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Flash Floods Ripped Through Zion National Park—and it Could Be a Long Road to Recovery

Zion National Park is in recovery mode after thunderstorms unleashed over an inch of rain on it and the surrounding area on June 30, triggering a flash flood that left parts of the park and its gateway community damaged and strewn with debris, with no timetable for their reopening. 

Photos and videos of the event showed muddy water sloshing against business doors, broken asphalt, and large amounts of detritus riddling the park. Recovery efforts to stabilize the region began immediately after the flooding but, officials say, the road to fixing the damage appears to be lengthy. 

In a recent interview, Zion Public Information Officer Amanda J.D.. Rowland said that the worst damage to the park occurred at the south entrance.

“There was a mudslide that hit that area the hardest…we’re varying how many lanes are open at a time to [continue to] assess that damage,” Rowland said. The popular Watchman Trail is closed indefinitely, and the park’s normally-crowded RV lot is only partially open after the flood damaged asphalt and dislodge sand and rocks from underneath it. The park’s shuttles are still running, and unaffected portions of the park will remain open while cleanup continues.

 

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Outside of park boundaries, local businesses that cater to visitors suffered severe damage. In the neighboring town of Springdale, the Zion Canyon Campground’s Quality Inn was reported to be a total loss ,though the owners hope to have campsites open by this weekend. Hoodoo General Store is currently closed due to extensive damage that occured after 4 feet of water entered the building.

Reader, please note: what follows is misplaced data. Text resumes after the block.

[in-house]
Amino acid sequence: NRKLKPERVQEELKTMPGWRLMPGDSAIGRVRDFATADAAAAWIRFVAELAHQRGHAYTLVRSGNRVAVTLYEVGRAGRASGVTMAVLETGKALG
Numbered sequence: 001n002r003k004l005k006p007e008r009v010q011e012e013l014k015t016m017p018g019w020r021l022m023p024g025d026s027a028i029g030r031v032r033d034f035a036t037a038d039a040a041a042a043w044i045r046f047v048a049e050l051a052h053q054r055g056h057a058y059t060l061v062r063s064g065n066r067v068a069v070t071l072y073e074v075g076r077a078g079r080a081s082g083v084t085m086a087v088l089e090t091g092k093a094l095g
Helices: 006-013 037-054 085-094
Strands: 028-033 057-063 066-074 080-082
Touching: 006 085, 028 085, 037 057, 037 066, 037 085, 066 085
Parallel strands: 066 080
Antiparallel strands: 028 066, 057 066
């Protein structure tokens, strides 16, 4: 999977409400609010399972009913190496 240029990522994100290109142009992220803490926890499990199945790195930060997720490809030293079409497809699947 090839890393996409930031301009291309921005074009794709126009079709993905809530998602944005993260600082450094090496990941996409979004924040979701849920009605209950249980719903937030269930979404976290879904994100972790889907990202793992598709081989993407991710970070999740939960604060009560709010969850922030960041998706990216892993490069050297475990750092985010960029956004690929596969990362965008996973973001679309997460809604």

Cable Mountain Lodge, and the Zion Campfire Lodge also experienced catastrophic damage from the flooding. According to Stewart Ferber, owner of the Zion Campfire Lodge, 42 rooms are completely destroyed. Additionally, the campground is expected to require a substantial amount of cleanup before appearing normal again.

Officials and business owners have not yet arrived at a dollar amount for the damage to the park and the surrounding area, but it’s clear that recovery will be a long road.

Monsoon season, characterized by heavy afternoon thunderstorms, typically runs from July to September in Utah. While flash flooding can occur for a number of reasons, it happens most often when a thunderstorm moves slowly across a small region, sending walls of water downstream on local creeks and rivers. Since desert sand can only absorb a limited amount of water, regions like southern Utah are particularly prone to flooding. Even on clear days, rain higher up in the watershed can send dangerous flash floods towards unprepared hikers in canyon country.

While flooding isn’t uncommon in Zion, long-time locals reported that this was one of the worst flash floods, in terms of severity, to hit the town of Springdale in more than 30 years. In 2016, another flash flood killed 13 people in and around the nearby town of Hilldale.

“We’re still in it. We need to analyze where the flows went and why,” says Rowland. “We did have a state hazard geologist out, and we were out in the field with our physical scientists, and a variety of engineers,” who are working to determine why this particular flood caused so much damage.

“It’s going to take a while because some of the debris we’re removing are rocks the size of cars,” Rowland said. “We really need to know what happened. We know that these floods could happen again.”